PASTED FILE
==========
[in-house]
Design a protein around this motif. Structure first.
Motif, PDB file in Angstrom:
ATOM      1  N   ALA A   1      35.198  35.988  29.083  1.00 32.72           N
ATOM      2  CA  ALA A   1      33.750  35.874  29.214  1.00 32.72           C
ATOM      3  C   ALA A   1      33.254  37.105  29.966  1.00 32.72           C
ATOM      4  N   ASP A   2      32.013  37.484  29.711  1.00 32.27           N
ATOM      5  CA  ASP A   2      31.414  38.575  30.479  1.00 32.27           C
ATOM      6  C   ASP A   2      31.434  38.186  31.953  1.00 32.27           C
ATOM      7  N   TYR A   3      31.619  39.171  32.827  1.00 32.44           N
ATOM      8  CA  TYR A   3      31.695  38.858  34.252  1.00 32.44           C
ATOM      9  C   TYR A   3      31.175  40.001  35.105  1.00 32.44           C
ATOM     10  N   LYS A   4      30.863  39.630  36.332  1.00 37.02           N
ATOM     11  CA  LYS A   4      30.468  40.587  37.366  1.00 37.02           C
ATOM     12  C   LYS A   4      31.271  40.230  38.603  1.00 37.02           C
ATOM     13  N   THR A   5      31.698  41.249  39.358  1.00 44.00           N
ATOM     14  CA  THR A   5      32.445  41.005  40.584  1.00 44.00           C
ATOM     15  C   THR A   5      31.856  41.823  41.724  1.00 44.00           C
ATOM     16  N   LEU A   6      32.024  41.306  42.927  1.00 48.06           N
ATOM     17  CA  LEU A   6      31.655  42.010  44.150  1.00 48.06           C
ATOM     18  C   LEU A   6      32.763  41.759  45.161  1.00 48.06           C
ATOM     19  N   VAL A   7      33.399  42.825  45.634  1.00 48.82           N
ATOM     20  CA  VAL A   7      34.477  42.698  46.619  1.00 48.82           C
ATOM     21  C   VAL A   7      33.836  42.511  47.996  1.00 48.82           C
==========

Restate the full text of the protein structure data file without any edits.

[in-house]
Design a protein around this motif. Structure first.
Motif, PDB file in Angstrom:
ATOM      1  N   ALA A   1      35.198  35.988  29.083  1.00 32.72           N
ATOM      2  CA  ALA A   1      33.750  35.874  29.214  1.00 32.72           C
ATOM      3  C   ALA A   1      33.254  37.105  29.966  1.00 32.72           C
ATOM      4  N   ASP A   2      32.013  37.484  29.711  1.00 32.27           N
ATOM      5  CA  ASP A   2      31.414  38.575  30.479  1.00 32.27           C
ATOM      6  C   ASP A   2      31.434  38.186  31.953  1.00 32.27           C
ATOM      7  N   TYR A   3      31.619  39.171  32.827  1.00 32.44           N
ATOM      8  CA  TYR A   3      31.695  38.858  34.252  1.00 32.44           C
ATOM      9  C   TYR A   3      31.175  40.001  35.105  1.00 32.44           C
ATOM     10  N   LYS A   4      30.863  39.630  36.332  1.00 37.02           N
ATOM     11  CA  LYS A   4      30.468  40.587  37.366  1.00 37.02           C
ATOM     12  C   LYS A   4      31.271  40.230  38.603  1.00 37.02           C
ATOM     13  N   THR A   5      31.698  41.249  39.358  1.00 44.00           N
ATOM     14  CA  THR A   5      32.445  41.005  40.584  1.00 44.00           C
ATOM     15  C   THR A   5      31.856  41.823  41.724  1.00 44.00           C
ATOM     16  N   LEU A   6      32.024  41.306  42.927  1.00 48.06           N
ATOM     17  CA  LEU A   6      31.655  42.010  44.150  1.00 48.06           C
ATOM     18  C   LEU A   6      32.763  41.759  45.161  1.00 48.06           C
ATOM     19  N   VAL A   7      33.399  42.825  45.634  1.00 48.82           N
ATOM     20  CA  VAL A   7      34.477  42.698  46.619  1.00 48.82           C
ATOM     21  C   VAL A   7      33.836  42.511  47.996  1.00 48.82           C